Map of NC

Map of NC

March 9, 2022

An Interview with Dog-Eared Books

In honor of Women's History Month, the NC Literary Map had the opportunity to interview a female-owned online bookstore that is located in Raleigh, NC. Dog-Eared Books was co-founded and owned by Stephanie Stegemoller. In interviewing Stephanie, she shows flexibility, determination, and creativity independent bookstore owners have in the face of the COVD-19 pandemic.

1. Why do you think the North Carolina Literary Map is important for bookstores?

    North Carolina Literary Map is important for bookstores because it's another avenue for customers to find independent bookstores to support. 

2.  Tell us more about your store, including its history and location.  Why did you choose North Carolina?

    My friend Caitlynne and I (Stephanie) started Dog-Eared Books in Raleigh in the spare bedroom of her house, in August 2016. We sold on Amazon and went to the NC Fairgrounds once a month selling books for $1 to build our social media presence. In April 2017, we opened our brick-and-mortar. During COVID, we had to close our brick-and-mortar, but started selling books on our own website Caitlynne left the business in December 2021. Our brick-and-mortar is still closed, but we sell online through our website, Amazon, Biblio, Bookshop, and Libro. Orders can be picked up or shipped nationwide.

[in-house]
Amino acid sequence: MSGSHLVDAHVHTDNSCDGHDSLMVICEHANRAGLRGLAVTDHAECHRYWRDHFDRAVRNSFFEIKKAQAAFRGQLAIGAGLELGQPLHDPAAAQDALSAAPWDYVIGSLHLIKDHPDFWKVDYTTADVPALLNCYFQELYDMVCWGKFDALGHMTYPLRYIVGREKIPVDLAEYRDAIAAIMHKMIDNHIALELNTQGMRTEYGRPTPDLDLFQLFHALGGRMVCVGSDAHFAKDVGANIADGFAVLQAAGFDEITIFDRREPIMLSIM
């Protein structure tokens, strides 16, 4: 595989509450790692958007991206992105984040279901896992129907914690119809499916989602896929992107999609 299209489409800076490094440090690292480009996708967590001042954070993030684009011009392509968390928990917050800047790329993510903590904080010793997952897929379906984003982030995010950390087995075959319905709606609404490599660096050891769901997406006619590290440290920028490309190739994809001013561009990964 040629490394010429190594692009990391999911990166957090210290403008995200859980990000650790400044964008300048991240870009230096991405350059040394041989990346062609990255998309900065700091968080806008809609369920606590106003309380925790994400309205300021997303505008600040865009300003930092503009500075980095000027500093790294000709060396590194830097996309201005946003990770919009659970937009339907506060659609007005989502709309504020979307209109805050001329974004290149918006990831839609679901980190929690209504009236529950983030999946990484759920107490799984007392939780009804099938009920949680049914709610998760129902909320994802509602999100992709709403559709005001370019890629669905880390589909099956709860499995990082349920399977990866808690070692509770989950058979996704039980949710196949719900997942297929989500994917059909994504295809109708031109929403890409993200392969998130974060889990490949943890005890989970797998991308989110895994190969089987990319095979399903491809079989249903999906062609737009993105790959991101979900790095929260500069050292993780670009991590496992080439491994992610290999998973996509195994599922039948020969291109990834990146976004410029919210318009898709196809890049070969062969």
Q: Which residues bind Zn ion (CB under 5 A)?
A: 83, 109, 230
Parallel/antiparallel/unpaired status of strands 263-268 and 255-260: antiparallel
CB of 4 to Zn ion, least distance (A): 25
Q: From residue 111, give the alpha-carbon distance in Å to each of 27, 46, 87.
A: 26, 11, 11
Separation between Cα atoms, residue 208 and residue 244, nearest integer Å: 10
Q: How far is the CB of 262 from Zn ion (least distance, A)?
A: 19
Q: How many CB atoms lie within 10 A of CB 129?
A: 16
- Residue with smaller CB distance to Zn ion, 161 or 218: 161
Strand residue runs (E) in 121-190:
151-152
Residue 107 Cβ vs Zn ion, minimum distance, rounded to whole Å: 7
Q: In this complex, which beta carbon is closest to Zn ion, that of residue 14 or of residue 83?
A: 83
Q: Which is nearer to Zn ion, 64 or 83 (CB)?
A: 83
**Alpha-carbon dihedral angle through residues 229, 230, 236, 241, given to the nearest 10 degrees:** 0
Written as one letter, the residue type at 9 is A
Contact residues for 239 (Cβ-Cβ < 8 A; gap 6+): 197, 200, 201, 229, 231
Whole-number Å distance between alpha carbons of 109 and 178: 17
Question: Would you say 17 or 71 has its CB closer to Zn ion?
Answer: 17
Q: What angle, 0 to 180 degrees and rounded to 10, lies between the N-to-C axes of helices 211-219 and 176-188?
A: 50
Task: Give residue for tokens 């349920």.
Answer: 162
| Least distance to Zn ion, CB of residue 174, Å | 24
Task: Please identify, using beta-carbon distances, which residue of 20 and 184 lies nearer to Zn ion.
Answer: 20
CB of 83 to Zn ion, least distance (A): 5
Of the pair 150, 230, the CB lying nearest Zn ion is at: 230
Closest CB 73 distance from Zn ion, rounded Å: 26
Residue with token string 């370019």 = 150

3. What is unique about your bookstore? Also, what types of books does your store stock and specialize in?

Our bookstore is women-owned and operated. We're exclusively an online seller with thousands of titles on our website, Amazon, and Biblio. All orders placed through these avenues are picked, packaged, and shipped by members of our team. Our most popular sections are adult fiction and kids books of all types. 

4. If you had infinite space what would you add?

    Infinite space for us would mean more room for our online inventory. 

5. What’s your earliest/best memory about visiting a bookstore as a child?

    There was a small library in my hometown that we would occasionally visit. I don't remember a specific visit, but memories being there remind me of the smell and the sound of the creaking floors as I walked through the shelves. 

6. What’s been the biggest surprise about running a bookstore?

    Owning a bookstore is a lot less romantic than it's described in books. There is a lot of physical labor involved (books are heavy!) with unloading our shipments of new inventory, and shelving, packaging, and shipping our orders. 

7. If you weren’t running or working at a bookstore, what would you be doing?

    I often think about this question and right now, I'm not entirely sure. I've loved my life these past few years and the lifestyle I've been able to have while owning a bookstore. I used to do more acting (I did some training a few years back), so maybe I'd try to go on more auditions. 

8.  What characteristics do you think a person needs to be a successful independent bookstore owner? What has been the key to your success?